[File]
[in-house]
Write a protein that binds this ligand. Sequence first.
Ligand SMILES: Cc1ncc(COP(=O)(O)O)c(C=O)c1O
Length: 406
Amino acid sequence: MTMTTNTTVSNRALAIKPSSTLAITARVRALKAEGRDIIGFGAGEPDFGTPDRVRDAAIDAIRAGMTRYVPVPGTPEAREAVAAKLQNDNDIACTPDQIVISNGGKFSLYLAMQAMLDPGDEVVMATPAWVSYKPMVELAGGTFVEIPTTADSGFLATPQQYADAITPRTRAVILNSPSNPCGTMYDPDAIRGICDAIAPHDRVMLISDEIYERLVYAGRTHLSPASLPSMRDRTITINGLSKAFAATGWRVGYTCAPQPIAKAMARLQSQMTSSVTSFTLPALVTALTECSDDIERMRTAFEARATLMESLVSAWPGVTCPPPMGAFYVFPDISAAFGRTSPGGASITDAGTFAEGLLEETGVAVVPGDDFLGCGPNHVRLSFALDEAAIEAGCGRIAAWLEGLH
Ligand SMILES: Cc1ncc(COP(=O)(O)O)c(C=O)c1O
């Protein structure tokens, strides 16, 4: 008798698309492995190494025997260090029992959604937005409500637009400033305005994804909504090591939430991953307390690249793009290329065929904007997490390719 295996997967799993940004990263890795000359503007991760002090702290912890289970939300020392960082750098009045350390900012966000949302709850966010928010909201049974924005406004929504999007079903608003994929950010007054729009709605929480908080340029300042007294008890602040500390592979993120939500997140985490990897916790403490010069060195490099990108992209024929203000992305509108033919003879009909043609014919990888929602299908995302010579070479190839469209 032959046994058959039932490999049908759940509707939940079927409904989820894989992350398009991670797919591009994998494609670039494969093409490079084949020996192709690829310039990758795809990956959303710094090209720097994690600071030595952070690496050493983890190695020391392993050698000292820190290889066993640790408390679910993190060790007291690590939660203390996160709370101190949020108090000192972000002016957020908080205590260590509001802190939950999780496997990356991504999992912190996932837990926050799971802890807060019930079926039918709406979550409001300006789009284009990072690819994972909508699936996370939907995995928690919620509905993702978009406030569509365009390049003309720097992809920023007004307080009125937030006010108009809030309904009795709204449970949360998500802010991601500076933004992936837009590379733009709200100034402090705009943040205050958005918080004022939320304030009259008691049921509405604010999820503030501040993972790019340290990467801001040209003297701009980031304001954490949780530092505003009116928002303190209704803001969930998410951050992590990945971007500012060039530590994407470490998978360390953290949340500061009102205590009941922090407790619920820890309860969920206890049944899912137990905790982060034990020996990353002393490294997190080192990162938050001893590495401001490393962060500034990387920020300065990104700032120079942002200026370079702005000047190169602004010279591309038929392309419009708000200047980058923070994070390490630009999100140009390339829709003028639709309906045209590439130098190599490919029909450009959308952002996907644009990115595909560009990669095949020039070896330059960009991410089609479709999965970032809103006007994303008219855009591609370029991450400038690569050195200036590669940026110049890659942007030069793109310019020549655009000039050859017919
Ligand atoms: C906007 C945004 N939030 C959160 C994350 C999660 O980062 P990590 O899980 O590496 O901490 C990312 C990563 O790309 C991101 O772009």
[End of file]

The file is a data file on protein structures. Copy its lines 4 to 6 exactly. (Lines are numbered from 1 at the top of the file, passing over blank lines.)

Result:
Length: 406
Amino acid sequence: MTMTTNTTVSNRALAIKPSSTLAITARVRALKAEGRDIIGFGAGEPDFGTPDRVRDAAIDAIRAGMTRYVPVPGTPEAREAVAAKLQNDNDIACTPDQIVISNGGKFSLYLAMQAMLDPGDEVVMATPAWVSYKPMVELAGGTFVEIPTTADSGFLATPQQYADAITPRTRAVILNSPSNPCGTMYDPDAIRGICDAIAPHDRVMLISDEIYERLVYAGRTHLSPASLPSMRDRTITINGLSKAFAATGWRVGYTCAPQPIAKAMARLQSQMTSSVTSFTLPALVTALTECSDDIERMRTAFEARATLMESLVSAWPGVTCPPPMGAFYVFPDISAAFGRTSPGGASITDAGTFAEGLLEETGVAVVPGDDFLGCGPNHVRLSFALDEAAIEAGCGRIAAWLEGLH
Ligand SMILES: Cc1ncc(COP(=O)(O)O)c(C=O)c1O